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By Simon Jessop
LONDON (Reuters) - Government policy changes attacking global warming could result in zero-emission vehicles comprising around 30% of all vehicles on the road by 2030, and wind and solar providing 30% of global power generation, triple current levels, a policy report forecast on Monday.
Rapid changes in food and land-use systems would also play a "critical role" with "peak-meat" consumption around 2030 helping the planet's land absorb more carbon within 30 years, said the report by the U.N.-backed Principles for Responsible Investment, a leading sustainable investment body.
Under its "Forecast Policy Scenario", seen as the most likely, the report predicted "dramatic" and "sweeping" changes in policy between now and 2025 across the energy, transport, industry and food sectors.
Such a policy acceleration would make it possible to keep warming to below 2 degrees Celsius above pre-industrial levels by mid-century, it said.
However, the global target to limit warming to no more than 1.5 degrees C would be out of reach without more rapid action, said the report, issued ahead of next month's COP26 global climate talks in Glasgow.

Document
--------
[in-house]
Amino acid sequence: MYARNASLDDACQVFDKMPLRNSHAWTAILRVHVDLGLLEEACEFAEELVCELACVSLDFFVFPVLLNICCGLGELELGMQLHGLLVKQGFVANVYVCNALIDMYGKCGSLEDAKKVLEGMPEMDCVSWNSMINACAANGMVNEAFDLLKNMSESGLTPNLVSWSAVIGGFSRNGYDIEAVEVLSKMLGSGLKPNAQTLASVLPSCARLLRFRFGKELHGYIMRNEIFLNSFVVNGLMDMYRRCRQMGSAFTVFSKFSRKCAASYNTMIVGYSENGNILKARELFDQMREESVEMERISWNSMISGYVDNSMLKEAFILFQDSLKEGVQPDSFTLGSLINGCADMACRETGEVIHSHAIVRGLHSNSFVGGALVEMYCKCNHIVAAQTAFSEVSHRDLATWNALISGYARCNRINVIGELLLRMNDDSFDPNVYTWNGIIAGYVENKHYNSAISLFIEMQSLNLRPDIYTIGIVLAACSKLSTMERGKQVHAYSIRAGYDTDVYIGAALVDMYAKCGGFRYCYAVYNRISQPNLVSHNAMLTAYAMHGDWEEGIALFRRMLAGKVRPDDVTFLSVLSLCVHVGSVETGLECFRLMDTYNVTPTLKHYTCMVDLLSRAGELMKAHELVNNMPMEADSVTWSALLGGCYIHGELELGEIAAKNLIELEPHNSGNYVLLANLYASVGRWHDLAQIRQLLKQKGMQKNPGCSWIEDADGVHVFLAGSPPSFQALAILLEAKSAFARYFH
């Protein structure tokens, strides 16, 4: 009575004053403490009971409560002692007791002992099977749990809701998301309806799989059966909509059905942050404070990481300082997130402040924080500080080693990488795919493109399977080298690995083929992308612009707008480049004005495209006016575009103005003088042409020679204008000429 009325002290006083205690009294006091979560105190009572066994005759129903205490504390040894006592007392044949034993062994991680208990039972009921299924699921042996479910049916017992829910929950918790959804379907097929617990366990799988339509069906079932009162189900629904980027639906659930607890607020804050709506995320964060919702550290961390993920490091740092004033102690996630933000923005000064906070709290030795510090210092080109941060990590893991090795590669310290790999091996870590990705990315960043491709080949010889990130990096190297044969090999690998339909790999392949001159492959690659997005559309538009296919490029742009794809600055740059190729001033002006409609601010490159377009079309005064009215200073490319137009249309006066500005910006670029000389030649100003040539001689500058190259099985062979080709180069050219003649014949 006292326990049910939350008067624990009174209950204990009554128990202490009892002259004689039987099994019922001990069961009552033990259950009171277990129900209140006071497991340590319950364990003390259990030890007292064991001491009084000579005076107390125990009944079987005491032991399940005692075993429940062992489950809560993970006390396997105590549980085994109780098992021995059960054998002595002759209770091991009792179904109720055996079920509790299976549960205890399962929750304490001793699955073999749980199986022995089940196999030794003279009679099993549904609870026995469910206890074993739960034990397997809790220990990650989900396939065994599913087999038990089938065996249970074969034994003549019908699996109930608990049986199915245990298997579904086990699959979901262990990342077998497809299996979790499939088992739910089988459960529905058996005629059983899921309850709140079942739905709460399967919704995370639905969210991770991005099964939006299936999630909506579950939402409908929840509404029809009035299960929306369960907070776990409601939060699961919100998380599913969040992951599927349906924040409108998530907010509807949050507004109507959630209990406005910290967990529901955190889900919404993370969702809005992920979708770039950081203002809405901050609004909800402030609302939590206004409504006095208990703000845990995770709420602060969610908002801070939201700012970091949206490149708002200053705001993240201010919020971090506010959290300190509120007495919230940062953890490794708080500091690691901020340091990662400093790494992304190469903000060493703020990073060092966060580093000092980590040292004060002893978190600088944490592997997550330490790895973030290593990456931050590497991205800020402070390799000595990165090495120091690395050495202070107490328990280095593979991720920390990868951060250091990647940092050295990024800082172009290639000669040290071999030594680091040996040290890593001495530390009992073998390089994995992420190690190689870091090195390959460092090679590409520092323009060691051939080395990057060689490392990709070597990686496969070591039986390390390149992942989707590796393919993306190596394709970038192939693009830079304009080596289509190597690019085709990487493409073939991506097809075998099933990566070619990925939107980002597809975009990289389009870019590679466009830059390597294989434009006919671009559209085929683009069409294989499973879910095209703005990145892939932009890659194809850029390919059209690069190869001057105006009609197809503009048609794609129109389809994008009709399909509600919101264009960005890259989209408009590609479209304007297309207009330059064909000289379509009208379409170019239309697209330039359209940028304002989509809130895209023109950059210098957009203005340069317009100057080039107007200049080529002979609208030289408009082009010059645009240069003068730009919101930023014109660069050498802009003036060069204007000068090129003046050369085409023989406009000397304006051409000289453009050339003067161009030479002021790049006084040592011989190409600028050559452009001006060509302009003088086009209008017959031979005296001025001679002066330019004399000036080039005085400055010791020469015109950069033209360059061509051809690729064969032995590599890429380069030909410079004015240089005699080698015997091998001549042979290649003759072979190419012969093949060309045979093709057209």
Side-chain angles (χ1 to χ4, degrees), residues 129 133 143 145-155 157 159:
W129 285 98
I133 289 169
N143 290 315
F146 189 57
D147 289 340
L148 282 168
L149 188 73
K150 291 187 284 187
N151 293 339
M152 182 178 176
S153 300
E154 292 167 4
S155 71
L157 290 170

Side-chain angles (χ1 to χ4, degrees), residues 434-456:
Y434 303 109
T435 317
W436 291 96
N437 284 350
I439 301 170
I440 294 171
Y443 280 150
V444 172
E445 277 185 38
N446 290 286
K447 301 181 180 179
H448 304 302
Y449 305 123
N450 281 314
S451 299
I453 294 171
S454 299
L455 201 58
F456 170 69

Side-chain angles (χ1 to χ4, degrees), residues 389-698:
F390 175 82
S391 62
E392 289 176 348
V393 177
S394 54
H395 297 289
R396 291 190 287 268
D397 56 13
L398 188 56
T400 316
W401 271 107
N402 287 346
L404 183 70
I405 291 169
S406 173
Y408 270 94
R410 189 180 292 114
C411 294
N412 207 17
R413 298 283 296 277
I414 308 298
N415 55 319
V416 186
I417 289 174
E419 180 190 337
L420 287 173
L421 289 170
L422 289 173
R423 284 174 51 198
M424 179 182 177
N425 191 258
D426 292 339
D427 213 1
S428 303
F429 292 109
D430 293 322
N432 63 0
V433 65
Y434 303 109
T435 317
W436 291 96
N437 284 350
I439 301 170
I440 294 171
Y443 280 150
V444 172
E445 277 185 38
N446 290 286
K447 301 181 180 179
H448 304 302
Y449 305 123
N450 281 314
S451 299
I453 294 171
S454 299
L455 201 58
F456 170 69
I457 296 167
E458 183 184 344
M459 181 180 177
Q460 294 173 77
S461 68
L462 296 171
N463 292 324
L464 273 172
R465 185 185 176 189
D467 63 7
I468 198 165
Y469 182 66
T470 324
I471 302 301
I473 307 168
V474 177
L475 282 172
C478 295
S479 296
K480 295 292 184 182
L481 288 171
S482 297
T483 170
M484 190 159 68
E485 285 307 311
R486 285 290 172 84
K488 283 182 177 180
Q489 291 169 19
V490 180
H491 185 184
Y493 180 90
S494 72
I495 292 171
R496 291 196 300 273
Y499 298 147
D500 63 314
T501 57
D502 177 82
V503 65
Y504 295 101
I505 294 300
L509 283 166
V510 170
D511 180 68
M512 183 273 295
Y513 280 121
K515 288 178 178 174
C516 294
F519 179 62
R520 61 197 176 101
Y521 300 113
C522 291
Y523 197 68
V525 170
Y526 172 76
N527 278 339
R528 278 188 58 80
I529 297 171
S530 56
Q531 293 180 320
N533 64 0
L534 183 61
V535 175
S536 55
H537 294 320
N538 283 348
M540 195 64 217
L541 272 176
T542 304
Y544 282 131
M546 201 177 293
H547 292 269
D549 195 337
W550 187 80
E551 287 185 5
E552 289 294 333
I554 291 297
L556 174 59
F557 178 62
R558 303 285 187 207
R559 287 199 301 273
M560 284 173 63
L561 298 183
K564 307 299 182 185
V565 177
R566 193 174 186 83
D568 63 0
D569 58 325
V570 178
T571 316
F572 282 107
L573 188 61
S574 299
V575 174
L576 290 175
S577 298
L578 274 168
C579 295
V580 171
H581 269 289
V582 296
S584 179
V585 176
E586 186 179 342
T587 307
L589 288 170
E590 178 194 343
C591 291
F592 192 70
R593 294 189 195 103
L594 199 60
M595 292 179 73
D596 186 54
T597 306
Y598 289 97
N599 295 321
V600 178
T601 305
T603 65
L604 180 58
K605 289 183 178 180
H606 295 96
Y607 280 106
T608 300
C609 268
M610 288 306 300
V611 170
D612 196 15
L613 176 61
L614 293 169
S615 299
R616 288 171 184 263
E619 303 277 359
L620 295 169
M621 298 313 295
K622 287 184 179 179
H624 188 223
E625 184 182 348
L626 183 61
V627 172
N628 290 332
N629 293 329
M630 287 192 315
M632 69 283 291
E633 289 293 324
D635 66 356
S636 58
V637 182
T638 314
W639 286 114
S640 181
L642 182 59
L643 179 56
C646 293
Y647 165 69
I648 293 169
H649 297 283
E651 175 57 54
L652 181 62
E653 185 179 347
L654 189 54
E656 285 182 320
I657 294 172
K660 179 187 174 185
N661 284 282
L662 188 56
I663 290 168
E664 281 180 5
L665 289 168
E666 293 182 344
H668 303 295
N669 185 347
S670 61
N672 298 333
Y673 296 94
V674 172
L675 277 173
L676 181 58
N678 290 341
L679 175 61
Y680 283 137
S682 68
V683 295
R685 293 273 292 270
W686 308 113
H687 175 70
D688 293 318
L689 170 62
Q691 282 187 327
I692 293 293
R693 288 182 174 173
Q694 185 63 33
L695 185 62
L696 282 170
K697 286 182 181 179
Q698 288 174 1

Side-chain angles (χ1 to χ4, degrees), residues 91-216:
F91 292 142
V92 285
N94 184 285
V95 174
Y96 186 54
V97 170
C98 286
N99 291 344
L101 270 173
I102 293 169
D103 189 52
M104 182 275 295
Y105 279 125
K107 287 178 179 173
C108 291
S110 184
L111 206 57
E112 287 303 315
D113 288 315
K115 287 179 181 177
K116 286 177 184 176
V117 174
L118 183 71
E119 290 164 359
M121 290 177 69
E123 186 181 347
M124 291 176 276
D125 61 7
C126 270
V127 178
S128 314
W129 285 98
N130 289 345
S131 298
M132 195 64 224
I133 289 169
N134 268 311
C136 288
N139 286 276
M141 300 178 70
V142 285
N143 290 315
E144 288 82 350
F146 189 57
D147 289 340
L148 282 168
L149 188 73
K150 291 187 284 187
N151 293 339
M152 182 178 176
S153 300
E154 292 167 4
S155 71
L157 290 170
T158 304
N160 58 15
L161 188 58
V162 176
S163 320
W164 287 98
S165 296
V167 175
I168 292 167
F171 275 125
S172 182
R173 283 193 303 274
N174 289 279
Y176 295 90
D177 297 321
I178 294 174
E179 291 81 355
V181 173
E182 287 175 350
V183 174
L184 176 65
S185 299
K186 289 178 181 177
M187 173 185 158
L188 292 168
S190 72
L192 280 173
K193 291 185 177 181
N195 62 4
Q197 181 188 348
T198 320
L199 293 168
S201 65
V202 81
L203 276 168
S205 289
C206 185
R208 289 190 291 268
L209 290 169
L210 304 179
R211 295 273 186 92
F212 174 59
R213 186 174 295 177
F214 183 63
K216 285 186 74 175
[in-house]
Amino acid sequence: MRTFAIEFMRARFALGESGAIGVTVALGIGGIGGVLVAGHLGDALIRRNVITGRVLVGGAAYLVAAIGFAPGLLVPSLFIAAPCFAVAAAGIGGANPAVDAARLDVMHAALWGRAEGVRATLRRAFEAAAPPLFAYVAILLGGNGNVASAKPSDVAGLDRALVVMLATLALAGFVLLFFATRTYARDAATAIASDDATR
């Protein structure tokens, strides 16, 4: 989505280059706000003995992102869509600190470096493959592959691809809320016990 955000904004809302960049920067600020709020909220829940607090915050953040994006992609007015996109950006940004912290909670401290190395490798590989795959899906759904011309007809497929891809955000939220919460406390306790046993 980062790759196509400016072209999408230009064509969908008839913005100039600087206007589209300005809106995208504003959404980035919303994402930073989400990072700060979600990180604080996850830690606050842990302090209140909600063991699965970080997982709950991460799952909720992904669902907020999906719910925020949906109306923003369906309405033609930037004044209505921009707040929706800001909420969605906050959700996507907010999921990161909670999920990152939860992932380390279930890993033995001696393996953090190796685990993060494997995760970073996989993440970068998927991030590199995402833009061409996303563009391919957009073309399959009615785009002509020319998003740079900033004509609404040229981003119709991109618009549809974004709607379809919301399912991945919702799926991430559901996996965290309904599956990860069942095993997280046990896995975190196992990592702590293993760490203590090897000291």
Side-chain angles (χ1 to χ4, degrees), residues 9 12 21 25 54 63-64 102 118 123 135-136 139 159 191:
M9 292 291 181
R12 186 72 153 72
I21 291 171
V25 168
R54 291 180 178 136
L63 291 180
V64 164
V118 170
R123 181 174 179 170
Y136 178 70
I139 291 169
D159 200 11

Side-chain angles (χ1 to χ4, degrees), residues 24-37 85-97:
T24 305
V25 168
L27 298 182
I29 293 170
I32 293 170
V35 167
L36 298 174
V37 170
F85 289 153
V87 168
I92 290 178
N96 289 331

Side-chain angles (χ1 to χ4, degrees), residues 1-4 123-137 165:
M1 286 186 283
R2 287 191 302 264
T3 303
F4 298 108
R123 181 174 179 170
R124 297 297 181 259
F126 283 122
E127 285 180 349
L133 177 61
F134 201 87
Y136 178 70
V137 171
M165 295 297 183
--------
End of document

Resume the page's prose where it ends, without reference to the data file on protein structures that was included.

Drawing on insights from more than 200 global policy experts, the report from the PRI's climate forecasting group, the Inevitable Policy Response, analyses the likely direction of travel in the coming years, to inform the investment practices of investors running $120 trillion in assets.
Strategic partners involved in the IPR include BlackRock, Goldman Sachs Asset Management and Nuveen.
"BlackRock believes climate risk is investment risk and assessing climate risk on the path to net zero requires credible scenarios outlining not only what is possible but what is likely," said Ashley Schulten, Head of ESG Investment, Global Fixed Income at BlackRock.
"The detailed policy forecasts in this work help the market conceptualize the key changes that could occur in energy and land systems across the world if the forecasted climate policy acceleration occurs."
Outlining what would be needed to keep to the 1.5 C outcome, the report said in its "Required Policy Scenario" that the world would need to end deforestation, ideally by 2025; fully stop unabated coal burning by 2035; and phase out new fossil fuel-driven cars in almost all markets by 2040, while reaching 100% clean power globally by 2045.
The gap between the forecast and required scenarios meant "companies, investors and governments committed to achieving net zero by 2050 must accelerate their efforts now more than ever," said Alex Bernhardt, Global Head of Sustainability Research at BNP Paribas Asset Management.
"That is the key message heading into COP26.”
(Reporting by Simon Jessop; Editing by Frances Kerry)